Tea

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Packed with phytonutrients and antioxidants, tea offers nutrition without calories, and may be considered healthier than coffee

Green and hibiscus tea are some of the best antioxidant providers. Hibiscus tea may elevate the antioxidant level of one’s bloodstream within just an hour of consumption. Dried lemon balm and peppermint tea are also high in antioxidants. But, the herbal tea with the most antioxidants is dandelion tea.  Cold-brewed tea and spiced tea may boost antioxidant levels even more.

Green tea may help clear external genital warts through topical application, protect joint cartilage, improve artery function, inhibit clots, help block tumor growth, reduce breast cancer risk, lower respiratory infection risk by gargling, improve women’s skin quality, treat Gorlin Syndrome, a serious skin cancer condition, and extend lifespan. Matcha, powdered green tea, also has nutritional benefits. White tea may be even more effective than green tea in helping to prevent DNA damage.

Other teas have specific health benefits as well. For example, black tea is not a diuretic, but is as hydrating as water. Earl Gray tea is a source of bergamottin, a phytonutrient that can help protect the stomach lining. Regular hibiscus tea intake may reduce hypertension, and lemon balm tea intake may help protect against radiation-induced oxidative stress. Rooibos (red) tea may reduce stress levels, and nettle tea is mineral rich, but may have estrogenic side effects. In the South Asia region, adhatoda tea has been used as a traditional remedy to treat asthma.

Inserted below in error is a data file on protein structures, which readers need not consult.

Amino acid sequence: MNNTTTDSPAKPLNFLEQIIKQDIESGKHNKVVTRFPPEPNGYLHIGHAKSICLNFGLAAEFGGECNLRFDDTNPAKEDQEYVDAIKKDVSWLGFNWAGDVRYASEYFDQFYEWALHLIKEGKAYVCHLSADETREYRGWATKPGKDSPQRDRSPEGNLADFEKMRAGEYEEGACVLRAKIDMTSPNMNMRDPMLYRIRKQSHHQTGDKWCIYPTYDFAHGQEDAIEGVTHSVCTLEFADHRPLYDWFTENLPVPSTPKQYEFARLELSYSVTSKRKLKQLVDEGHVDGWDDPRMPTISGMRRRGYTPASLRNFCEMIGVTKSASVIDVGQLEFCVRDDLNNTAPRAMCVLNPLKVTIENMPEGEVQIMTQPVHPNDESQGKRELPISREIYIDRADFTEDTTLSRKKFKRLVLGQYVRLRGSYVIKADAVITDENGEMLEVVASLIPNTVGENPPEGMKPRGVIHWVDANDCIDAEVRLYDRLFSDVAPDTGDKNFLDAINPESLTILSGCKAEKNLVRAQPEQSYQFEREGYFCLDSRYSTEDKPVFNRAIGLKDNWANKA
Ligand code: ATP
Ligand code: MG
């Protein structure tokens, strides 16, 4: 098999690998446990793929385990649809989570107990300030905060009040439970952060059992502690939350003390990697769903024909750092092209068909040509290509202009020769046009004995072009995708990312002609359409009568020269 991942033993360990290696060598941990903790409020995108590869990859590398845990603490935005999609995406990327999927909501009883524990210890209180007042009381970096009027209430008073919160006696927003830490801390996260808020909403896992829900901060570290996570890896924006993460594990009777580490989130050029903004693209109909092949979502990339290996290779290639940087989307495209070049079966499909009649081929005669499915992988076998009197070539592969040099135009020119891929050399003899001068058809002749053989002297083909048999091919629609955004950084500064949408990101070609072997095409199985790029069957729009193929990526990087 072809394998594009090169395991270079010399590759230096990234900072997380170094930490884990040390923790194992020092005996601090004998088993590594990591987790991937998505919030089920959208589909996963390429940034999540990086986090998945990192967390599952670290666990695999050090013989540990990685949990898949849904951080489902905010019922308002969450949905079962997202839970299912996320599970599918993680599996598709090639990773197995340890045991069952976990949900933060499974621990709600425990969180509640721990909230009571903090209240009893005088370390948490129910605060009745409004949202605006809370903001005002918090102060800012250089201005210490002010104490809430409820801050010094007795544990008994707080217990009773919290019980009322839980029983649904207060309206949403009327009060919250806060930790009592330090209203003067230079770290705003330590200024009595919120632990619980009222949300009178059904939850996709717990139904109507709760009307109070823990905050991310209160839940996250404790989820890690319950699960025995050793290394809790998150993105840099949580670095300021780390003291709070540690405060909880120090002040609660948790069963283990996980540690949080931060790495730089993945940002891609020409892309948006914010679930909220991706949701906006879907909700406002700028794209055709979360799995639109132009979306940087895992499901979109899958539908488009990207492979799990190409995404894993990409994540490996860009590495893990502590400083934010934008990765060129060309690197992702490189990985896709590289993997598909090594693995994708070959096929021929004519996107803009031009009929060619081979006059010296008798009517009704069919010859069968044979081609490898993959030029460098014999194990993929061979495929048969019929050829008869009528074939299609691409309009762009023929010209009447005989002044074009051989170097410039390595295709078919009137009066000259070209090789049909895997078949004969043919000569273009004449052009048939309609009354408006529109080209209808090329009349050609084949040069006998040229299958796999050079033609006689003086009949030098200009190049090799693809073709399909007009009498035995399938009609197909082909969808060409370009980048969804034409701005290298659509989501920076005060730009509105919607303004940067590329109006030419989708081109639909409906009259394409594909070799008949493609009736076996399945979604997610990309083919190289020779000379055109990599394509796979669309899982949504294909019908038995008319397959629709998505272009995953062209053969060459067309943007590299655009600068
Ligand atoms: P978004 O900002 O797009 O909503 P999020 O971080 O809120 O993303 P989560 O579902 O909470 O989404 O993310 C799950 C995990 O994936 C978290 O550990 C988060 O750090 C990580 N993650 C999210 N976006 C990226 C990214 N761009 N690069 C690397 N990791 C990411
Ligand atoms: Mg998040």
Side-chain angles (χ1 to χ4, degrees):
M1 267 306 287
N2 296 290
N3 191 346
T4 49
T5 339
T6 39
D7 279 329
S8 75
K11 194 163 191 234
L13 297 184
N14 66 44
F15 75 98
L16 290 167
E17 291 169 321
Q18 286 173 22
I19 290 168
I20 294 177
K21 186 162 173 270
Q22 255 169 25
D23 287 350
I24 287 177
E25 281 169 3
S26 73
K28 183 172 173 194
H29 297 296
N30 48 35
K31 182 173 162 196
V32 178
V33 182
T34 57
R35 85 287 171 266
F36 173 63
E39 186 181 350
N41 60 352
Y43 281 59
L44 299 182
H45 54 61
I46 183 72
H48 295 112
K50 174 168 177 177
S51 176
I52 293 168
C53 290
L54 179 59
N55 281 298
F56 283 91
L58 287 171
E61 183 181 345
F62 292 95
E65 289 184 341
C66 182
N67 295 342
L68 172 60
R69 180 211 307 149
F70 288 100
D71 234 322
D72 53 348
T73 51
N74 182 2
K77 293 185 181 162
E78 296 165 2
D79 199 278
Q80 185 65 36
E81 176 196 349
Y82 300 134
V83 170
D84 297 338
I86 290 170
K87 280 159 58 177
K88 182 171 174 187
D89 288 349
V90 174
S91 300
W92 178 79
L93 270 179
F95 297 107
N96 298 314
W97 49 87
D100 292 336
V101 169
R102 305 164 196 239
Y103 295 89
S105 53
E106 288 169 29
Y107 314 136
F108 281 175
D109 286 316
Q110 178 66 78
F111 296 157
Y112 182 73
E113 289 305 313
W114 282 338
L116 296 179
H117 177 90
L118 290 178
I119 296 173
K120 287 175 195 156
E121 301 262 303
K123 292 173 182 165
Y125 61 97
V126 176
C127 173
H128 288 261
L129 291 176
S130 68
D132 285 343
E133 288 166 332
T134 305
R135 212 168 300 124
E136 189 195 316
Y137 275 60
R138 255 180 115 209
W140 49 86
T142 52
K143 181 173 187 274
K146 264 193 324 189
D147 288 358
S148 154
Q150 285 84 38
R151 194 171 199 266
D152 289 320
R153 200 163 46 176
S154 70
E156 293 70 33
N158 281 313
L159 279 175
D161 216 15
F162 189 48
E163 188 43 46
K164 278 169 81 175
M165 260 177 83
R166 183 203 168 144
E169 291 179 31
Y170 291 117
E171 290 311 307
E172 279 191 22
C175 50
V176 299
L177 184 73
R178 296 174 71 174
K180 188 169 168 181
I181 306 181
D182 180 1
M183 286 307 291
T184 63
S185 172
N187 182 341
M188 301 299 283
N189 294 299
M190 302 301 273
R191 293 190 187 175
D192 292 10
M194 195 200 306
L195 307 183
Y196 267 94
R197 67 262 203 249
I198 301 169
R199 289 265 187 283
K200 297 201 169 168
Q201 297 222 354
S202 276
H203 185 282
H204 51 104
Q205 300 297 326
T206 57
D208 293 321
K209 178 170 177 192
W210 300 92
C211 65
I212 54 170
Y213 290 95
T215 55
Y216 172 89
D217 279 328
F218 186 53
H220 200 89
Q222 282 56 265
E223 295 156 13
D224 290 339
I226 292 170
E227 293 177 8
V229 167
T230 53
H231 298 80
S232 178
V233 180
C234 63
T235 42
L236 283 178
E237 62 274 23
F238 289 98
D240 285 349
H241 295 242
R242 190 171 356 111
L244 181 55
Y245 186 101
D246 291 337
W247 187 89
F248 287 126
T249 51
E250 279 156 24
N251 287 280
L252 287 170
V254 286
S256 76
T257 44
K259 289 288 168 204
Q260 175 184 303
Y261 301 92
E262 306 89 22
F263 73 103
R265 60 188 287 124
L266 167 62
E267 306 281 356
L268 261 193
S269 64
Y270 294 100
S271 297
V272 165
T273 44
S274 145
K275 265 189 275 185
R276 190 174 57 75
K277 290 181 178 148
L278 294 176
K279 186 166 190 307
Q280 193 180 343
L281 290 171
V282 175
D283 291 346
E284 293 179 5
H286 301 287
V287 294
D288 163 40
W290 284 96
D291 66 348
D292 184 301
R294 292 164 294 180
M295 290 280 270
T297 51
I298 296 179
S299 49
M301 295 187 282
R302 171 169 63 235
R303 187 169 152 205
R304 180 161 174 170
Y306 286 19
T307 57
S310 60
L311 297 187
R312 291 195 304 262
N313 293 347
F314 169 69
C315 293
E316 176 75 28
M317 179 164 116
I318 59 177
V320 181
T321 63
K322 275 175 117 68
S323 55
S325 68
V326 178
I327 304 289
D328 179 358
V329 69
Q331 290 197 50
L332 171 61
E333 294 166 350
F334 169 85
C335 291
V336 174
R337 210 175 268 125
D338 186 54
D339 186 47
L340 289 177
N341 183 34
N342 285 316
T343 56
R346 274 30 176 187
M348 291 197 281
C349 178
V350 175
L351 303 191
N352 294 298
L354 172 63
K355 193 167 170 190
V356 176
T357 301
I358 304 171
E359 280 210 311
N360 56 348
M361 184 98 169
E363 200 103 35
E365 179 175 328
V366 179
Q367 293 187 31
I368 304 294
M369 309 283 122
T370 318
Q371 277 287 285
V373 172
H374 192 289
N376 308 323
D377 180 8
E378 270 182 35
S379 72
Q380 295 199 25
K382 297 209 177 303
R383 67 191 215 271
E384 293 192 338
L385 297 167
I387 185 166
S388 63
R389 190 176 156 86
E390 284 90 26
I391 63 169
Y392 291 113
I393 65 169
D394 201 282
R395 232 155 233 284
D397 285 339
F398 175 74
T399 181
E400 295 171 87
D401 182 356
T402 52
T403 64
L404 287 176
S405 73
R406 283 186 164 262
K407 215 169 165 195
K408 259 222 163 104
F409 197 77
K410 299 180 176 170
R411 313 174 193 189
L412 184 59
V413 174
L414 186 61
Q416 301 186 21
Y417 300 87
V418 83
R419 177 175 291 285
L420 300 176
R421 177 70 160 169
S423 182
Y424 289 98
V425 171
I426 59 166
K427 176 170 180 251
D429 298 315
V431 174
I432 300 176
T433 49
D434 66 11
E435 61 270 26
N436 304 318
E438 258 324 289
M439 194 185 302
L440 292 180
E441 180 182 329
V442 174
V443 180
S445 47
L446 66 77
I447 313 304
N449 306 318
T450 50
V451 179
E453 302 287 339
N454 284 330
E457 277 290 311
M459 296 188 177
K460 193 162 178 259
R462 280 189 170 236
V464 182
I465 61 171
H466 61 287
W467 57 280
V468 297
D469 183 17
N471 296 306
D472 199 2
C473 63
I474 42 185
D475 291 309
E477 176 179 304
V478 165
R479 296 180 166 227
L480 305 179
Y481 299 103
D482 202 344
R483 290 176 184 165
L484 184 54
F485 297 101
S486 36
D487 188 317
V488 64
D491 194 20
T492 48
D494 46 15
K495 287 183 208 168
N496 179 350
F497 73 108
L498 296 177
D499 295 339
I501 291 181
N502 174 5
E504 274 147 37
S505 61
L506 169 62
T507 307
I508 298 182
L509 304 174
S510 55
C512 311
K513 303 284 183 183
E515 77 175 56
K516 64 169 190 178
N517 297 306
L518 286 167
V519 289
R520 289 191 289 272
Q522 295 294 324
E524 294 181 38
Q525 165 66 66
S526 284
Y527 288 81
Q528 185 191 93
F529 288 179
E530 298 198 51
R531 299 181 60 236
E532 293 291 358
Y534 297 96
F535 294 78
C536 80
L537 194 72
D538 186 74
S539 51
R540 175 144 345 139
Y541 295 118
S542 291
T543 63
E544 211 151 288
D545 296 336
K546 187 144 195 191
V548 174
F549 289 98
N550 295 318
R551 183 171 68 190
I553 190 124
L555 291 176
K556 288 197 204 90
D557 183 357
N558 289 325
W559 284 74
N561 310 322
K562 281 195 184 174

Tea drinking as part of a whole-foods, plant-based may lower chronic obstructive pulmonary disease risk, block the effects of dioxins, reduce allergic responses, block cancer stimulation of new blood vessels, help us relax, and can possibly stimulate pleasurable cannabis receptors in our brain. Due to phytonutrients that bind to aluminum in tea, tea drinkers don’t have to worry about aluminum exposure.

Adding milk to tea blocks the beneficial effects of the phytonutrients in tea, and adding soy milk may suppress the potential beneficial vascular effects of drinking tea. But, adding lemon appears to boost the nutrition of both green and white tea. 

There are, some potential side effects of tea intake that drinkers should be aware of. Mint tea in excess may reduce testosterone levels. Due to its manganese content, intake of hibiscus tea likely should be limited to one quarter a day for adults. Herbal teas potentially can erode the teeth, which can be prevented by using a straw or rinsing your mouths out with water after drinking. Green tea consumption may help prevent cavities, but excessive consumption by young children may lead to dental fluorosis. An analysis of fluoride levels in five brands of bottled tea, indicates drinkers probably should not drink more than ten cups of tea per day. And, drinking tea or coffee with your meals can hamper iron absorption.

Topic summary contributed by Randy.


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